My neighbor's road vacation petition was refused since I have more property frontage along the road and wish to maintain access to the road.But, he filed a road vacation proposal as if it were a done deal, recorded it with his deed. In fact he "granted" an easement for the water utility across "his" land which is not his land. Then he recorded this easement in his deed. Isn't this a crime? Because he's purporting that he owns land which he does not, and granting an easement over county land to the water utility? He does this because he's a delusional obsessive nut who will stop at nothing to try to own the end of this road.
State/Country relating to question: Washington
It's fraud - and may be a crime because it's an intentional fraudulent recording.Does it affect your property?
Yes, he has been bullying and harassing terrorizing intimidating me for YEARS to get me to stop using my legal side driveway. He'd park on my property, block my driveway, block the entire side road, block my turn radius, stole my mail, knocked down the street sign...I filed an anti-harassment order but the judge was weird and said they didn't do "property disputes" at civil court...but anyway said neighbor backed down and was at peace for a few years, then he twice charged at my cars fullspeed, hitting brakes and honking, creating an artificial contrived "it's dangerous for you to use this road" scene (it's a single lane road).
Your asking the judge to reconsider the restraining order?
Another lawyer said I could file a Motion for Reconsideration since I was disallowed any and all rebuttal of respondent lies (testimony).
In my opinion - that's a waste of time. If the judge didn't grant the request to begin with - they rarely do on a motion to reconsider.What I would do is take a pro-active position.1) place "no trespassing" signs on your property and criminallly prosecute him if he trespasses.2) file suit for fraud as to his property recordings which interfere with your property interestsand 3) go to the DA's office and file a private criminal complaint as to his fraudulent property recordings -see if the DA will prosecute himThose are what I would do. You can try the motion for reconsideration - but don't be surprised if it's again denied. To the contrary, be completely surprised if it's granted.Within that motion for reconsideration - you can give evidence as to his lying to the court. But I wouldn't expect to much.Please - rate me with 3 happy faces or more for my answer! Thanks!!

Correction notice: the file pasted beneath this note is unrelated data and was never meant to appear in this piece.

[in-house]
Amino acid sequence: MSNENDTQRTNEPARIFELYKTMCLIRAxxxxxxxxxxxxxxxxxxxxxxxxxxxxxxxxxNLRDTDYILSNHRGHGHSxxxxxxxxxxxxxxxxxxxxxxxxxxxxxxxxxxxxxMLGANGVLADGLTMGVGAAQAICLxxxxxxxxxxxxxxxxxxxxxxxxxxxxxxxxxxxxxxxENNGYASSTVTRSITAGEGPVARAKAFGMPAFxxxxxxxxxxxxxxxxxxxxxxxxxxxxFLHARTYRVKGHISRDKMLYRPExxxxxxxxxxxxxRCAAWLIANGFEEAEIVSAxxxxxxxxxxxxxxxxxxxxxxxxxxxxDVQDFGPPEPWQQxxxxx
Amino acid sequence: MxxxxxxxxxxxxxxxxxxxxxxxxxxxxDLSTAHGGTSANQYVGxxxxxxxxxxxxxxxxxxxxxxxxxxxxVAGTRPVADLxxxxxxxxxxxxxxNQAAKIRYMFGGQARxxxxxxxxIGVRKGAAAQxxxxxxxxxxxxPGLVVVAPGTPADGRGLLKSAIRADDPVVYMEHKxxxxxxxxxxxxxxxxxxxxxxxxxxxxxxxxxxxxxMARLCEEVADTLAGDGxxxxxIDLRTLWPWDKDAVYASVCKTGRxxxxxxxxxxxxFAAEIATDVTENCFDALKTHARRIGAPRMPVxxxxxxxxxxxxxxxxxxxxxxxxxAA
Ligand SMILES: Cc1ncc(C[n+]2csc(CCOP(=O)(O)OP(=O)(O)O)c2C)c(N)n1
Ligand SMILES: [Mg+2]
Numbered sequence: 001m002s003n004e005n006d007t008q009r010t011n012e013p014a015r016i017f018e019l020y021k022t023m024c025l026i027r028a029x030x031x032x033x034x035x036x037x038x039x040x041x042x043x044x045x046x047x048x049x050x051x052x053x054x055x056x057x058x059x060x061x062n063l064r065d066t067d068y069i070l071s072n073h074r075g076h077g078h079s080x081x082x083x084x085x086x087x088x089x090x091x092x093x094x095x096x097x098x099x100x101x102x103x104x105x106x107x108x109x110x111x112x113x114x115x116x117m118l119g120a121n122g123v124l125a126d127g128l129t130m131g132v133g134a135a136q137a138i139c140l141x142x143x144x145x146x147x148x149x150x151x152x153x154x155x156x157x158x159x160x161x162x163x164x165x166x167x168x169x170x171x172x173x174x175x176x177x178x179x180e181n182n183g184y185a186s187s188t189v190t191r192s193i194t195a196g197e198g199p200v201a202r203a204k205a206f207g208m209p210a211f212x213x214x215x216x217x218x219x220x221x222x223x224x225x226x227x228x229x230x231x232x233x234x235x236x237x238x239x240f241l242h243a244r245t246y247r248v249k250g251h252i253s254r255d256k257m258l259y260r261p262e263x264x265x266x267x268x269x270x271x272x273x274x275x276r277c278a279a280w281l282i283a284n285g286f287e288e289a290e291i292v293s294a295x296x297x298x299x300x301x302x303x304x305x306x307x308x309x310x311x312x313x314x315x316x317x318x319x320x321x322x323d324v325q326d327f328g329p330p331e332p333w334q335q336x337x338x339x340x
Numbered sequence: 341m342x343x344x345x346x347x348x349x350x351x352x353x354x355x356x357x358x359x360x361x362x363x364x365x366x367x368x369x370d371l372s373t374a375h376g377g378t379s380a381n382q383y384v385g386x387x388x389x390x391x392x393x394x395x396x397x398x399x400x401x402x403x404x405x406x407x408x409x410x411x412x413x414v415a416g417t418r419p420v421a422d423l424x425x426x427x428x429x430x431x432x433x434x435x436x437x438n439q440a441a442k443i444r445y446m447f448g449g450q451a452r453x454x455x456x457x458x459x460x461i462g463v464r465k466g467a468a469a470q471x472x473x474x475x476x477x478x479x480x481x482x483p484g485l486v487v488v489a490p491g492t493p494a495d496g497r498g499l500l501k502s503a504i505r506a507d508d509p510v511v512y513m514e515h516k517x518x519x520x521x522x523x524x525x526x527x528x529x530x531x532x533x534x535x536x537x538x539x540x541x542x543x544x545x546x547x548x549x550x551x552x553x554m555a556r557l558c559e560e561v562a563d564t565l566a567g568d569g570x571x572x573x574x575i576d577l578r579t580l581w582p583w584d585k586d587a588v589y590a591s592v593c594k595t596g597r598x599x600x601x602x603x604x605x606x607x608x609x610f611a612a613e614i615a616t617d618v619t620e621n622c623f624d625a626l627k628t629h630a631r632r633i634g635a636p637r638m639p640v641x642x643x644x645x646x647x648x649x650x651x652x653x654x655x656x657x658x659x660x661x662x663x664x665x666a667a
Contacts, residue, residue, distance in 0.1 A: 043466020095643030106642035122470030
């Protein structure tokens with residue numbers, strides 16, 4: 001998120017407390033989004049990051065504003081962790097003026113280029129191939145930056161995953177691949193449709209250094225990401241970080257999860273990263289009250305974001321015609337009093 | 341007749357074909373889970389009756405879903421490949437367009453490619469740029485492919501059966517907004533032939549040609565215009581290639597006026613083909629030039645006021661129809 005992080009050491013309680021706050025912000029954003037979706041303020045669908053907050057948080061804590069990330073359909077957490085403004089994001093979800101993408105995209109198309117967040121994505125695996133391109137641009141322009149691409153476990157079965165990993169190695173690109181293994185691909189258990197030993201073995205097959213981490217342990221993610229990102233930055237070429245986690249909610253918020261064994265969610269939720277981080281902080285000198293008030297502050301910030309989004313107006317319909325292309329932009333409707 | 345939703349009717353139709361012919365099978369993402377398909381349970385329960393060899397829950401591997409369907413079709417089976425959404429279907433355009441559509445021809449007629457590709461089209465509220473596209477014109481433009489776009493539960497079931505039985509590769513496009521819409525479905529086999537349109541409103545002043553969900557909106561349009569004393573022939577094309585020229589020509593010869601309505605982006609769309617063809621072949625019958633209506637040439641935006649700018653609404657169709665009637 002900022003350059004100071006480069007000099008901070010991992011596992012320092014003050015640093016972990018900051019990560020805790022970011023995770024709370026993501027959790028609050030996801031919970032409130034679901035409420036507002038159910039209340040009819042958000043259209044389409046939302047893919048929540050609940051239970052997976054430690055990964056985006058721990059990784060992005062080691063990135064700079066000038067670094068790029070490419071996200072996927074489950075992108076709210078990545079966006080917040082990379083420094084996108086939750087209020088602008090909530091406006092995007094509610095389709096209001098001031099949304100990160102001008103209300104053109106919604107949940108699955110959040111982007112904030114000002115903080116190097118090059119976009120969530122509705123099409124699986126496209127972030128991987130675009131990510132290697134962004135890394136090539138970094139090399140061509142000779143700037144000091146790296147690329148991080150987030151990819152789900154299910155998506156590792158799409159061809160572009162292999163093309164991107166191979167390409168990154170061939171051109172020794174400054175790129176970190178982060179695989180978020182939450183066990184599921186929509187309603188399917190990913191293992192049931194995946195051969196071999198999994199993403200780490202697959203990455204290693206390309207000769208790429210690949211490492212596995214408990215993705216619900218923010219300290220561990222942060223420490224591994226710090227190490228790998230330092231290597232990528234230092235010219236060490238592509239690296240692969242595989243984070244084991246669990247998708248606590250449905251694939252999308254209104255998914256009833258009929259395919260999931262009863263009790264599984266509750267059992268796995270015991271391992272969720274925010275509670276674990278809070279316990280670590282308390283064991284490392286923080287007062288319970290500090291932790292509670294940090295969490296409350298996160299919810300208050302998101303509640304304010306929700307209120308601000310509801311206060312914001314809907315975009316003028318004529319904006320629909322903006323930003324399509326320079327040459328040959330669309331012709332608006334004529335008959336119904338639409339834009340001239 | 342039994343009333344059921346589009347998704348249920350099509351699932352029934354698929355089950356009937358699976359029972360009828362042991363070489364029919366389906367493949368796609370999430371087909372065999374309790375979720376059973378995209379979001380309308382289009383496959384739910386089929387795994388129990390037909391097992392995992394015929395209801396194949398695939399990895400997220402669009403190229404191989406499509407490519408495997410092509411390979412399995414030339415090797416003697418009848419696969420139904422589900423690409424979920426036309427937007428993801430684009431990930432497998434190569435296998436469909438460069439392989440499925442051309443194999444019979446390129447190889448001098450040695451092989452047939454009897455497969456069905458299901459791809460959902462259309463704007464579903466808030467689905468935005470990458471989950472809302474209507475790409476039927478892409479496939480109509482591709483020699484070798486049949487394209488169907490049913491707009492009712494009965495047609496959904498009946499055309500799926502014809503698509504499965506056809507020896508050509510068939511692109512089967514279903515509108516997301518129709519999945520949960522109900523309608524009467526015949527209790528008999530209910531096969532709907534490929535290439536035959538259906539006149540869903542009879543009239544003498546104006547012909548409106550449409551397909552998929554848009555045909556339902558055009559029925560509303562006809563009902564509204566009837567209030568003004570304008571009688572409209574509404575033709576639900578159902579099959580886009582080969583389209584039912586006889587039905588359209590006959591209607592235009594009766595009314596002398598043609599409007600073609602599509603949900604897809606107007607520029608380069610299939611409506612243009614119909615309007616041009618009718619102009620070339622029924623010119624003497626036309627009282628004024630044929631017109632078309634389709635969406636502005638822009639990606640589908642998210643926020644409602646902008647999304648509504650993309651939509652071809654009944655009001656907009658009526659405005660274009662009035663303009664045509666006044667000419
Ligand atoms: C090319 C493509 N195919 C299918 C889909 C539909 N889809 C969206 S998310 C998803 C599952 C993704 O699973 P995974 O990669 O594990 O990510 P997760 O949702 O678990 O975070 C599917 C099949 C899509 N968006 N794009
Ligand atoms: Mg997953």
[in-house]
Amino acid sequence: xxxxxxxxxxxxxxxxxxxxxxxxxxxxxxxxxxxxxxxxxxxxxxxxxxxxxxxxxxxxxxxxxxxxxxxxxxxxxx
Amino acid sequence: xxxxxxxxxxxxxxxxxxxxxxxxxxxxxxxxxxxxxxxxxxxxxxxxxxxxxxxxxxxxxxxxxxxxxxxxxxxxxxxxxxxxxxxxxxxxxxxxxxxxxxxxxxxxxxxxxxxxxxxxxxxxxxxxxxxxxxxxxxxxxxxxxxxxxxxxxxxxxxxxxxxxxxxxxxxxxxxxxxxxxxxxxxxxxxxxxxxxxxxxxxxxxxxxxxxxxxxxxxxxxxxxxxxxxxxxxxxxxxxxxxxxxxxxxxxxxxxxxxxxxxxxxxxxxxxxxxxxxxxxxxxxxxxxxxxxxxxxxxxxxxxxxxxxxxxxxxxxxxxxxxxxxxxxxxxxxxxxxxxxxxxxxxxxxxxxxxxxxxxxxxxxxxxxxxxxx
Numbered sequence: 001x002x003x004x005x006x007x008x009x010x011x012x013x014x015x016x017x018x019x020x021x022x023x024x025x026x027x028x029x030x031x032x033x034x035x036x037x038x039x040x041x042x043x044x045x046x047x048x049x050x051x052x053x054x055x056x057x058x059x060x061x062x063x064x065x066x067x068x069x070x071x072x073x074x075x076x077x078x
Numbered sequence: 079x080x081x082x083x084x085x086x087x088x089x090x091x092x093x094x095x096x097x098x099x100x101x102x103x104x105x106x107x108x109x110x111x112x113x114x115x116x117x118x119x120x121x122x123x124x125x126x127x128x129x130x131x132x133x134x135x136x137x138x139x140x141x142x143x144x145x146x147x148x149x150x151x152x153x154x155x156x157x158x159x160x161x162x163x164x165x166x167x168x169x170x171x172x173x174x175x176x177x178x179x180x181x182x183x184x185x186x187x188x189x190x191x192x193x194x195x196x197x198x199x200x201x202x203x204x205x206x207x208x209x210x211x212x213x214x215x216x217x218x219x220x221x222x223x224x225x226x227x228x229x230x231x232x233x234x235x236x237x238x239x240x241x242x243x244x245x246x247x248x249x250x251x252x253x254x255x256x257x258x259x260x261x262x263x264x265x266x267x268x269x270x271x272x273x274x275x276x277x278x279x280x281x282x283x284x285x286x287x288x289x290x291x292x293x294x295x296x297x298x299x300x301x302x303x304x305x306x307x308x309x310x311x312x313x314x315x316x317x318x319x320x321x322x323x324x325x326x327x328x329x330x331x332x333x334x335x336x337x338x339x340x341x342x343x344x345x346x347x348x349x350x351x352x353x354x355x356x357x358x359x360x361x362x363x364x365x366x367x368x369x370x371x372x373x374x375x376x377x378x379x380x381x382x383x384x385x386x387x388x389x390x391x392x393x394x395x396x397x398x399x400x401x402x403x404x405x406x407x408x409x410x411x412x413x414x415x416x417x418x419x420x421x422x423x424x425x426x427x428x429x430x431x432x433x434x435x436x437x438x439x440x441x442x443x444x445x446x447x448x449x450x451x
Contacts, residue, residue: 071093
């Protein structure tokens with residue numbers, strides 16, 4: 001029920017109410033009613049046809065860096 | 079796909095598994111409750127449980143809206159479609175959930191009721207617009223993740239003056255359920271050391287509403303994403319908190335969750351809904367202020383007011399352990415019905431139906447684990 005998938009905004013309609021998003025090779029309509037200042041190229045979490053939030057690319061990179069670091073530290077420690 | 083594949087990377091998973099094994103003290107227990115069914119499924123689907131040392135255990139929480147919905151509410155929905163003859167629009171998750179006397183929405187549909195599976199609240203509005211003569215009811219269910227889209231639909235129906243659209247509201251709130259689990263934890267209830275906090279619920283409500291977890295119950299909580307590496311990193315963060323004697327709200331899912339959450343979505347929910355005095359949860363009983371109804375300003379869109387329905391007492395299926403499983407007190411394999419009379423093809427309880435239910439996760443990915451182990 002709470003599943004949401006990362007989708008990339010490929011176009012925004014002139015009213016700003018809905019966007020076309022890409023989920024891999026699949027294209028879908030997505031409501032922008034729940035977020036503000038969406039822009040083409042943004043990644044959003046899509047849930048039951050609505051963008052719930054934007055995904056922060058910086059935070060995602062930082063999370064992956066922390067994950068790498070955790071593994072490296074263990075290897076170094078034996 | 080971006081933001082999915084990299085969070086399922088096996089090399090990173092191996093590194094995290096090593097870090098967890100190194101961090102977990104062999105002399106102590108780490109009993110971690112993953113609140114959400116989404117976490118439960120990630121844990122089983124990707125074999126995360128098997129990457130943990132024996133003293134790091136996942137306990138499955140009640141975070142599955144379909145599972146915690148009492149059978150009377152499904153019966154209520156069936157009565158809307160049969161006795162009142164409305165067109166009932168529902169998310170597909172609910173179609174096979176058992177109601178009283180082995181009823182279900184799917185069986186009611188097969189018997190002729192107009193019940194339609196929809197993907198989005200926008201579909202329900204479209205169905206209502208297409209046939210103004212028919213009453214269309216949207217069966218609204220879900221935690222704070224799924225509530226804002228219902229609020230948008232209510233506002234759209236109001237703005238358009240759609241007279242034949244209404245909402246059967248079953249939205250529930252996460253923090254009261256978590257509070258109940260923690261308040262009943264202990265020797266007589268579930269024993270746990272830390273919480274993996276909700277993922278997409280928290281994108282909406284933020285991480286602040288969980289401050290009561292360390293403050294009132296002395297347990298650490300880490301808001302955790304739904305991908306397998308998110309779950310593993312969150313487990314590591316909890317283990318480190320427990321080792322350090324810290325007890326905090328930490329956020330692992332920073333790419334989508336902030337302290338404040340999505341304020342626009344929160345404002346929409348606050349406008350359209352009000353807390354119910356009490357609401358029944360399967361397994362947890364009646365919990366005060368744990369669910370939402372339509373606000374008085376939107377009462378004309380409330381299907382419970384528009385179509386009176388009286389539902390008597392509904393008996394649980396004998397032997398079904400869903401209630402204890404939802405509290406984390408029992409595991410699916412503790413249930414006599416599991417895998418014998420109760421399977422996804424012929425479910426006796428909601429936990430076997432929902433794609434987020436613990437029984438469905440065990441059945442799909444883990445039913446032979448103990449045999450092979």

I will give you 3 happy faces, just one last thing...
I understand your thoughts and feelings.No, not on the record unless the judge will give a court hearing on the motion to reconsider.Usually motions to reconsider are strictly discretionary with the court- they don't have to entertain them whatsoever -and they have already made a decision in the matter.I have had very poor success with motions to reconsider over the years - almost zilch luck. I've been on both sides of these and the opposing party, too, has had almost zilch luck.To win on a motion for reconsideration - basically it you must present evidence that the opposing party lied or is in complete contravention of what they said.Realize the judge is kind of "stuck" - they made their decision and will stick by it.Please - rate me with 3 happy faces or more for my answer! Thanks!!
20 years extensive experience in real estate law, foreclosure, finance, and landlord tenant law.
Just thinking...since he knows I'm now researching his deed...since in court he boasted he had an "easement"
Nope - that's a public record - once recorded it's permanently of record. The only way to "undo" that is file a corrective deed or easement - but that won't erase the earlier filing.